Until the crypts are occupied by the noteworthy and the saintly, pilgrims visiting the crypt of Our Lady will be drawn to two things: the chapel of St. Vibiana and the windows from her former cathedral. A stairway behind the baptistery of the main cathedral leads to the crypts. To the right of the final step is the chapel, designed by cathedral architect Raphael Mineo, where Mass can be said or visitors may pray or meditate.

A Ray of Light for St. Vibiana

The far wall of the chapel is of the same alabaster that forms the cathedral windows; behind it will lie the sarcophagus of St. Vibiana. It is the only portion of this basement floor bathed in natural light, from a skylight cut a story above--a tribute to the saint, who will lie almost directly across from the entrance to the crypts.

The mausoleum follows the same cruciform floor plan as the cathedral above it, acting as a symbolic foundation for the living church. From the entrance just past the chapel, one looks down the main aisle, which bisects the space to the far wall where a back-lighted stained-glass window depicts Jesus as the Good Shepherd. Just in front of that window, and also visible from the entrance, is a four-person sarcophagus situated beneath the altar in the cathedral above.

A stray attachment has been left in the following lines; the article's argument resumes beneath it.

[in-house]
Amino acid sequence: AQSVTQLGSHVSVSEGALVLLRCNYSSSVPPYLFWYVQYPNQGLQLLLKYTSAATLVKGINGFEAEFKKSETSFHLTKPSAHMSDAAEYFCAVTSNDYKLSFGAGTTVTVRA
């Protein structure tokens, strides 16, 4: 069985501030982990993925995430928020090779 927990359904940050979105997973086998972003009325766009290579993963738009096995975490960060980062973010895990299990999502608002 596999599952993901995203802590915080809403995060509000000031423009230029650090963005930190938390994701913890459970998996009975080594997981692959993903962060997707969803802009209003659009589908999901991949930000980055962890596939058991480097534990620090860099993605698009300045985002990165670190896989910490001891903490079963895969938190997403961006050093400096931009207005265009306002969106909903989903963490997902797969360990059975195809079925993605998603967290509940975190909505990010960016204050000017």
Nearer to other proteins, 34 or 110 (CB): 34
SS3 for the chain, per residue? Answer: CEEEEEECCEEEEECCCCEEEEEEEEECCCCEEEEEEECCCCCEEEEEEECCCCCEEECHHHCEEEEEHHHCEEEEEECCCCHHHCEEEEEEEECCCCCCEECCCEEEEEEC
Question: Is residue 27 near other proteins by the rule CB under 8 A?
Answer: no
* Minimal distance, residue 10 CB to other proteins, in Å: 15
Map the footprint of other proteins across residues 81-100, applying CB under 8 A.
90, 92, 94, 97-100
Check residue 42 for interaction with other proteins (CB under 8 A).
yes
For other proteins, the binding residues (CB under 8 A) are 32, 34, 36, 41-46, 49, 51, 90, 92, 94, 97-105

In addition to being an underground mirror of the cathedral itself, the mausoleum was also designed to accommodate the 26 windows and lunettes salvaged from St. Vibiana’s, which was damaged in the Northridge earthquake.

“It was the first thing they decided,” said Walter Judson of L.A.’s Judson Studios, which removed, cleaned and restored the windows.

The windows, which depict such biblical scenes as the Annunciation, the Nativity, the Ascension and the Resurrection, were put in shadow boxes and lighted by color-corrected fluorescent lights that shine through plastic diffusers. The result is as close to natural daylight as is technologically possible underground, which was very important given the crucial role natural light plays in the design of the cathedral.

“We paid a lot of attention to lighting,” said John Gary, who oversaw the design of the crypts. “There are soft vaults in the ceiling and portions are lit at the edges, which, with the windows, gives the psychological effect of natural light.”

Mineo approved all plans for the crypts, but he did not design them. John Stuart Todd, a Houston design firm specializing in mortuaries, came up with the original plans. Lead architect Barry Boudreaux worked toward creating a space that was both consistent with the overall design and particular to its purpose.